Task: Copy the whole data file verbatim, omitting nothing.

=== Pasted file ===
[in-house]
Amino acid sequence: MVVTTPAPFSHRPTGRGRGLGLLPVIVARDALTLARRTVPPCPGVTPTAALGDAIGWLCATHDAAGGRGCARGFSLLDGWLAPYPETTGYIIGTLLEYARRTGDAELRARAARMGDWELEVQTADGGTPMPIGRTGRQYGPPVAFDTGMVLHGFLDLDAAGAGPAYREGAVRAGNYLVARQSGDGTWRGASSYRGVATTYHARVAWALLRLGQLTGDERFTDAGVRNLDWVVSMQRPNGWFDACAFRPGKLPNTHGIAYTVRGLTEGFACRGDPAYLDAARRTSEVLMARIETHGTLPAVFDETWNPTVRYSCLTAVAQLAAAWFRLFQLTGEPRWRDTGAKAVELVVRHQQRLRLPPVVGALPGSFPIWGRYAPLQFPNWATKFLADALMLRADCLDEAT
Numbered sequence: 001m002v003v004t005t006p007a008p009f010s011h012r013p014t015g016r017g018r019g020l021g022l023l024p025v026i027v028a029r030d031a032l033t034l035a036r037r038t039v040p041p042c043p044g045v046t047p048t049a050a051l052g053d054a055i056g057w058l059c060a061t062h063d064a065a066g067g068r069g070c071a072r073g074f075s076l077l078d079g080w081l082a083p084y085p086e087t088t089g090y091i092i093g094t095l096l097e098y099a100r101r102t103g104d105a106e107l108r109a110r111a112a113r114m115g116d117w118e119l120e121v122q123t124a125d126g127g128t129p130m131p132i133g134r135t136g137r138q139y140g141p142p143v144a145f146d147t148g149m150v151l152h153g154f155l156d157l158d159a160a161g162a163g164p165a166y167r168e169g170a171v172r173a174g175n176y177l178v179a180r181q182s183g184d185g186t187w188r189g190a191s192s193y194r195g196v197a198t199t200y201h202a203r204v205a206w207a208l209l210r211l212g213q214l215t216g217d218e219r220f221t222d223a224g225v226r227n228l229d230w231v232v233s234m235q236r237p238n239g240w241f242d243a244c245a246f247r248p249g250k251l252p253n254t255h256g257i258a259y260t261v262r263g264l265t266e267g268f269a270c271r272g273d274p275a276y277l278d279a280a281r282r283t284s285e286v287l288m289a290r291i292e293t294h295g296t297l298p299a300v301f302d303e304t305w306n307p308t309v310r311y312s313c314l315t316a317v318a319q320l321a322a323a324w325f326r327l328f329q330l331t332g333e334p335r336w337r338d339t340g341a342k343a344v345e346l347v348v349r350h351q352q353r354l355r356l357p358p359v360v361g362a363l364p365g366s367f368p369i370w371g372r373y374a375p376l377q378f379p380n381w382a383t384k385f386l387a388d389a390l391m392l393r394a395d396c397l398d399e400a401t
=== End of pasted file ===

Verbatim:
[in-house]
Amino acid sequence: MVVTTPAPFSHRPTGRGRGLGLLPVIVARDALTLARRTVPPCPGVTPTAALGDAIGWLCATHDAAGGRGCARGFSLLDGWLAPYPETTGYIIGTLLEYARRTGDAELRARAARMGDWELEVQTADGGTPMPIGRTGRQYGPPVAFDTGMVLHGFLDLDAAGAGPAYREGAVRAGNYLVARQSGDGTWRGASSYRGVATTYHARVAWALLRLGQLTGDERFTDAGVRNLDWVVSMQRPNGWFDACAFRPGKLPNTHGIAYTVRGLTEGFACRGDPAYLDAARRTSEVLMARIETHGTLPAVFDETWNPTVRYSCLTAVAQLAAAWFRLFQLTGEPRWRDTGAKAVELVVRHQQRLRLPPVVGALPGSFPIWGRYAPLQFPNWATKFLADALMLRADCLDEAT
Numbered sequence: 001m002v003v004t005t006p007a008p009f010s011h012r013p014t015g016r017g018r019g020l021g022l023l024p025v026i027v028a029r030d031a032l033t034l035a036r037r038t039v040p041p042c043p044g045v046t047p048t049a050a051l052g053d054a055i056g057w058l059c060a061t062h063d064a065a066g067g068r069g070c071a072r073g074f075s076l077l078d079g080w081l082a083p084y085p086e087t088t089g090y091i092i093g094t095l096l097e098y099a100r101r102t103g104d105a106e107l108r109a110r111a112a113r114m115g116d117w118e119l120e121v122q123t124a125d126g127g128t129p130m131p132i133g134r135t136g137r138q139y140g141p142p143v144a145f146d147t148g149m150v151l152h153g154f155l156d157l158d159a160a161g162a163g164p165a166y167r168e169g170a171v172r173a174g175n176y177l178v179a180r181q182s183g184d185g186t187w188r189g190a191s192s193y194r195g196v197a198t199t200y201h202a203r204v205a206w207a208l209l210r211l212g213q214l215t216g217d218e219r220f221t222d223a224g225v226r227n228l229d230w231v232v233s234m235q236r237p238n239g240w241f242d243a244c245a246f247r248p249g250k251l252p253n254t255h256g257i258a259y260t261v262r263g264l265t266e267g268f269a270c271r272g273d274p275a276y277l278d279a280a281r282r283t284s285e286v287l288m289a290r291i292e293t294h295g296t297l298p299a300v301f302d303e304t305w306n307p308t309v310r311y312s313c314l315t316a317v318a319q320l321a322a323a324w325f326r327l328f329q330l331t332g333e334p335r336w337r338d339t340g341a342k343a344v345e346l347v348v349r350h351q352q353r354l355r356l357p358p359v360v361g362a363l364p365g366s367f368p369i370w371g372r373y374a375p376l377q378f379p380n381w382a383t384k385f386l387a388d389a390l391m392l393r394a395d396c397l398d399e400a401t